Public Relations Management

Public relations managers play a major role in influencing the public's perception of a company, nonprofit organization, political group or individual. Read on to learn if handling media concerns and promoting products or services is the ideal career for you.

Is Public Relations Management for Me?

Job Description

Public relations managers create and maintain a positive public image of the clients they work for. As a public relations manager, it would be your job to develop public perception of products, services or the reputation of the organization or individual you represent. You'd often need to build strong relationships with different people, such as competitors, politicians, the media or other businesses to solve problems or promote your client's interests. You could work directly for your client or within a public relations firm, handling one or more clients or a group of public relations specialists. You might need to write press releases, research public opinion, develop a branding strategy, create promotional materials or organize public or media events.

Specializations

Though you wouldn't have to specialize in any particular industry or type of PR, focusing on one field or a small number of PR strategies could help you develop a niche expertise. For example, you could learn about the legal issues, typical consumers, and successful marketing methods needed to specialize in healthcare, technology, retail, food service, or enterprise industries. You might investigate the effectiveness of certain types of advertising, social media, community outreach, or promotional activities that could be applied to various clients and businesses.

Employment Information

The U.S. Bureau of Labor Statistics (BLS) reported that job opportunities for public relations managers were expected to increase 13% from 2012-2022. However, the field is expected to be competitive, especially for high-profile businesses and PR firms. BLS data for 2013 showed that public relations managers made a median annual income of $98,700, with those in telecommunications, e-retail, security and commodity contracts brokerage, petroleum and coal manufacturing and the leasing of nonfinancial intangible assets averaging over $152,000 annually (www.bls.gov).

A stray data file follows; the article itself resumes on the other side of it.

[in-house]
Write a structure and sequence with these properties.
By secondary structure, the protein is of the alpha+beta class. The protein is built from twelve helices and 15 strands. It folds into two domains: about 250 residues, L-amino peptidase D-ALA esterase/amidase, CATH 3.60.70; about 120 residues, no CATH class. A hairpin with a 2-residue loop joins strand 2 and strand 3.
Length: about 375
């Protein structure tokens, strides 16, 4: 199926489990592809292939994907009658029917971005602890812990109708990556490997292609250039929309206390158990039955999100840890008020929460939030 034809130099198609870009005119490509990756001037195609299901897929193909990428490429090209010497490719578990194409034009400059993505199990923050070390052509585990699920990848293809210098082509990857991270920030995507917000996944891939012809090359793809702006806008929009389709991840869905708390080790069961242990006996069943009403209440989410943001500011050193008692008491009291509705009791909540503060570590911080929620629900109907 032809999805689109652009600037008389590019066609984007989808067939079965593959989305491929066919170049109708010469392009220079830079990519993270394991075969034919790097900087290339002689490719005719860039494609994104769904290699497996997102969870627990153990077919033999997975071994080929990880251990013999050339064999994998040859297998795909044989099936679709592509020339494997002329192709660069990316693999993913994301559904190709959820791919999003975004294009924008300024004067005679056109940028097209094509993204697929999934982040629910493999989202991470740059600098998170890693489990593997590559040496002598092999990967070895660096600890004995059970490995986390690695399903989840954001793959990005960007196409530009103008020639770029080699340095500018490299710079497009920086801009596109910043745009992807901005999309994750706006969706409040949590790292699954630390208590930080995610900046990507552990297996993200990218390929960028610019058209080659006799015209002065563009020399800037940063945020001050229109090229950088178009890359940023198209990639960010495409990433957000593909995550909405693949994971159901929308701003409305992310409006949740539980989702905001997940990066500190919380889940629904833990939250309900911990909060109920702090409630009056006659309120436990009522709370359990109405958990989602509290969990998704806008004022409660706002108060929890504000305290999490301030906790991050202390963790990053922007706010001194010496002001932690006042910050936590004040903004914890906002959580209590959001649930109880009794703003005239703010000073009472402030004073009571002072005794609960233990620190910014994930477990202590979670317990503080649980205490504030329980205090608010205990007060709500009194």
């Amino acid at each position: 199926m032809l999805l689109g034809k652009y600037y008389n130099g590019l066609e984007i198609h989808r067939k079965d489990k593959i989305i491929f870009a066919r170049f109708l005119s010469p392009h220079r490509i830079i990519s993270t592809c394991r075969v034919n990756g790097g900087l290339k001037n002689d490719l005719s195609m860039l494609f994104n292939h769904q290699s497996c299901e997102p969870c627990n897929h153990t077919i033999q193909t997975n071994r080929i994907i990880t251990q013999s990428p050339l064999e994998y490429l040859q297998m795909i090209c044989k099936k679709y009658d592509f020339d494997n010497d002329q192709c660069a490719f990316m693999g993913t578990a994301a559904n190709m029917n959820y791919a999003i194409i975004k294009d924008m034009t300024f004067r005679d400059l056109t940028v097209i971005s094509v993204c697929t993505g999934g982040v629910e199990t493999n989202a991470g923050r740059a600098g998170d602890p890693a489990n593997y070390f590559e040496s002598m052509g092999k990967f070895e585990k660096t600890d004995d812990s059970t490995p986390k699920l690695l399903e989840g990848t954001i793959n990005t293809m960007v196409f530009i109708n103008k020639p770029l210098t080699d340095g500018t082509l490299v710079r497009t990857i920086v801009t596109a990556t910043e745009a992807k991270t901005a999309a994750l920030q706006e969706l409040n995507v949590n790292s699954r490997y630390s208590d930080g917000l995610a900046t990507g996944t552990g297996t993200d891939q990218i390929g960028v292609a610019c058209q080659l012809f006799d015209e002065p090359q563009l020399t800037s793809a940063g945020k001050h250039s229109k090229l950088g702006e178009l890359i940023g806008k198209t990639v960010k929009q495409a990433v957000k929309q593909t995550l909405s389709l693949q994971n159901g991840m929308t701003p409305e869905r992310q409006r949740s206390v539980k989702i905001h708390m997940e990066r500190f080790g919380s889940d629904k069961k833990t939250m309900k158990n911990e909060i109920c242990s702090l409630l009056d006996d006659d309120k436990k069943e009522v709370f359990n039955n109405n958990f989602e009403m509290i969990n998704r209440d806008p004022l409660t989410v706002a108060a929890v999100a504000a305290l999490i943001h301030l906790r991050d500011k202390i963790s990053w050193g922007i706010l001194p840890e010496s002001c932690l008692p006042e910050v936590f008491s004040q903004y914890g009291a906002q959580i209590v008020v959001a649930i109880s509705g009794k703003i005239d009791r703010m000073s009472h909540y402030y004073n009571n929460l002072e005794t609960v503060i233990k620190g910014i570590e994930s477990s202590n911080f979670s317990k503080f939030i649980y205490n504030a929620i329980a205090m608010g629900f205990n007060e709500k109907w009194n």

How Can I Work in Public Relations Management?

Education

Obtaining a bachelor's degree in public relations or journalism is a good starting point if you hope to become a public relations manager. A bachelor's degree program can teach you to create and maintain beneficial relationships with groups and organizations for the good of your clients. Public relations courses might include campaigning, persuasion and public relations writing.

Some employers prefer applicants who have completed a graduate degree. A master's degree in public relations can also increase your opportunities for promotion. A master's program with a concentration in public relations can prepare you to work for government agencies, private companies, individuals and nonprofit organizations. In addition to classroom instruction, some graduate programs allow you to work with companies in a real-world setting. These hands-on training opportunities give you a chance to find solutions to current public relations problems.

Required Skills

A career in public relations requires excellent written and verbal communication skills that you'd use to write or deliver speeches or press statements. Strong leadership skills are also needed, since you might supervise teams of public relations specialists. Whether you work in a specific industry or multiple fields, having at least a basic knowledge of the laws and regulations that pertain to your client is a must. You should also be familiar with the fundamentals of advertising and marketing campaigns, promotions management, social media, and finance.

Certification

You might also consider earning a public relations certification, which can add to your job opportunities. Optional certification, such as that offered by the Public Relations Society of America, is usually awarded once you have completed the required amount of work experience and passed the certification exam. Other continuing education or professional development options that can benefit your public relations management career include seminars, conferences and training programs available through schools, PR firms, and private organizations.

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